I'm teaching An Inspector Calls to a Year 11 class as part of my attachment during my postgraduate certificate and am lucky to have some unique props over the next five days. There are 16 of them and they're from the Office for Standards in Education.
Apparently they've got great costumes and we've been warned that although they may appear to be like us they in fact are masters of improvisation.
I hope they appreciate the efforts staff have put in this week (not that they teach, dress or prepare in a different way normally, of course). I was in at the weekend and the frenetic atmosphere reminded me of the day before my wedding. Displays were being put up, staffrooms were feng-shuied and for God's sake Trisha what have you done with the sodding seating plan?
I burst out laughing on Friday when I passed a team of painters scurrying around, brushes in hands.
The night before I'd been reading my daughter Alice in Wonderland and here were real-life knaves - the very ones who painted the white roses red before the royal party's arrival. If the head sits in a tree and doesn't stop smiling I'm going to get seriously worried.
A big difference between hosting an Ofsted visit and hosting a wedding seems to be numbers. This visit is going to take five days, not one, and there are 1,500 unruly guests, not 150.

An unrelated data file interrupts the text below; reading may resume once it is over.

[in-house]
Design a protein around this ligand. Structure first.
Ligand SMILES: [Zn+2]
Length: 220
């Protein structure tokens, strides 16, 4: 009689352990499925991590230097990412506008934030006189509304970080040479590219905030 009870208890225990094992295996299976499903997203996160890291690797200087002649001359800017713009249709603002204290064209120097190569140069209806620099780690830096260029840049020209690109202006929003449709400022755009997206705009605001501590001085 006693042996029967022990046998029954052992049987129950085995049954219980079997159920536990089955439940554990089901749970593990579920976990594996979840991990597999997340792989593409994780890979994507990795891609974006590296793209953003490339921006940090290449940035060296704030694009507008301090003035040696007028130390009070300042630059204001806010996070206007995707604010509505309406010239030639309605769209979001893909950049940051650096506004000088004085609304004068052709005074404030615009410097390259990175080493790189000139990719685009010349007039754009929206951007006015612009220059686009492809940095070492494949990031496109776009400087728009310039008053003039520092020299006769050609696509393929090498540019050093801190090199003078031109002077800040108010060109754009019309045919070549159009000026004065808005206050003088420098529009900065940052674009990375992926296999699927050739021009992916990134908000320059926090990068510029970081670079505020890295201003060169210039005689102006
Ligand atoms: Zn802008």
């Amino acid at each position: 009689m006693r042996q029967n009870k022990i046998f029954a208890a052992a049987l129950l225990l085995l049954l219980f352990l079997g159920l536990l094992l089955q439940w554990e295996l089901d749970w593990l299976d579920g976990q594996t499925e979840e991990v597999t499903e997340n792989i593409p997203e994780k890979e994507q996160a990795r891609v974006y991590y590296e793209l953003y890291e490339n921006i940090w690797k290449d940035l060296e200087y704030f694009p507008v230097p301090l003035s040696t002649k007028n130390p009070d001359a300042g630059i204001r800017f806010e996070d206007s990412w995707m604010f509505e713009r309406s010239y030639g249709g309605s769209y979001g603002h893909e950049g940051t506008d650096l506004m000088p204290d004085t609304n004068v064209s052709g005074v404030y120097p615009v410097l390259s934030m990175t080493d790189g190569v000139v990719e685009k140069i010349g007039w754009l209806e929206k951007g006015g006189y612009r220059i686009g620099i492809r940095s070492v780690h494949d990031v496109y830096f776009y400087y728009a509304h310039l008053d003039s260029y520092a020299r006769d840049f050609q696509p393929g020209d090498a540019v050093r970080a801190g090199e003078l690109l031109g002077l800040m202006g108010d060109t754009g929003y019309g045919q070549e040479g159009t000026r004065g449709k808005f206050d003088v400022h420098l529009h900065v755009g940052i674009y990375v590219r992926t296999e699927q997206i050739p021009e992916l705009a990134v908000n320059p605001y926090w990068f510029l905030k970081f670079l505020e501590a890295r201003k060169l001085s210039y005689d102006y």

I suppose there's also rather more at stake than a marquee and wilting antirrhinums. The school might not be Oliver Letwin's first choice but staff and pupils seem to think it's more than OK (and the results don't induce panic).
But you never know. Will all the speeches be delivered as rehearsed? Will the excluded remain excluded? Will the police make an appearance?
Trying to think positively, perhaps Ofsted will be in tune with our personality and aspirations and declare their commitment: "Do you - government servants having escaped from breakdown-inducing headships - take you - rural comprehensive with interesting catchment area - to have and to hold?" Maybe not.
As for me, I'm going to be running around with tissues and Evian bottles laced with vodka. This is an easy ride compared with another trainee on our course: he was observed by inspectors and then forcibly held at his school until he'd signed a job contract. I sound like a spurned lover at that wedding but I'm happy for him.